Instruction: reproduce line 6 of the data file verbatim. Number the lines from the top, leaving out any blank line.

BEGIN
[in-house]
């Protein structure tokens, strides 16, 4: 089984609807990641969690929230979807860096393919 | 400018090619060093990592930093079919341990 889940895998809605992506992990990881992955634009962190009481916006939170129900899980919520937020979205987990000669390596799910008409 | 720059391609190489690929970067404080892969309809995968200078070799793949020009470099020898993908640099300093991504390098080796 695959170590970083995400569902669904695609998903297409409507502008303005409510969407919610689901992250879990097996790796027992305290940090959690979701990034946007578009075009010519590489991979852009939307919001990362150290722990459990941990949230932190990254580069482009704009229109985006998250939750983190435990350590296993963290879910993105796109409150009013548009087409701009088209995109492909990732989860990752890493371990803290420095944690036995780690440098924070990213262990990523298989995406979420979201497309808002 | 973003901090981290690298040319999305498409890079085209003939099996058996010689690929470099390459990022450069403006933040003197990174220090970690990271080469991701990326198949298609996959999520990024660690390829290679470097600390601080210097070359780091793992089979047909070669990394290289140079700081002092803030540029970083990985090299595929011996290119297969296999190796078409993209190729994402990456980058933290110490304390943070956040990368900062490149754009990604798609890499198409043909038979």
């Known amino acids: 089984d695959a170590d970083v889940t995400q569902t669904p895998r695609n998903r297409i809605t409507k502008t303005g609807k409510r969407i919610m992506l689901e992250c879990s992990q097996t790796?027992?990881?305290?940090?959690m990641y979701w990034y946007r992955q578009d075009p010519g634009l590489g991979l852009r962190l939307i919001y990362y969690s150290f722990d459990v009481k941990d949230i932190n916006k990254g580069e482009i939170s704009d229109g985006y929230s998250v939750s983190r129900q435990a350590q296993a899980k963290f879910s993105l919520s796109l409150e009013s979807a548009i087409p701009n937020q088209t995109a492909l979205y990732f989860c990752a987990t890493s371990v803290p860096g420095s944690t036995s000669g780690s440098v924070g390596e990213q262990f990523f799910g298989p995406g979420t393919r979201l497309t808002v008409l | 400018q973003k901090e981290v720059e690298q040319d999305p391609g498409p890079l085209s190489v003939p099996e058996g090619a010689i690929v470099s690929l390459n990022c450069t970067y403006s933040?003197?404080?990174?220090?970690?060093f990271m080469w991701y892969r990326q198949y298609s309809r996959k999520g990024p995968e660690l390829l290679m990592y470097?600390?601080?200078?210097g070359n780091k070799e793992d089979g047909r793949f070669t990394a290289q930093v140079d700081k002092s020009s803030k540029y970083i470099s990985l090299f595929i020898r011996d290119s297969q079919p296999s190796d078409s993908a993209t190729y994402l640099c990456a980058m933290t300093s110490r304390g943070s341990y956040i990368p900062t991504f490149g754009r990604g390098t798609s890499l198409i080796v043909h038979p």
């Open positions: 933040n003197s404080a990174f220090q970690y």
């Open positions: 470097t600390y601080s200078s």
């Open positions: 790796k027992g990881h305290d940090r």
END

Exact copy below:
């Open positions: 790796k027992g990881h305290d940090r």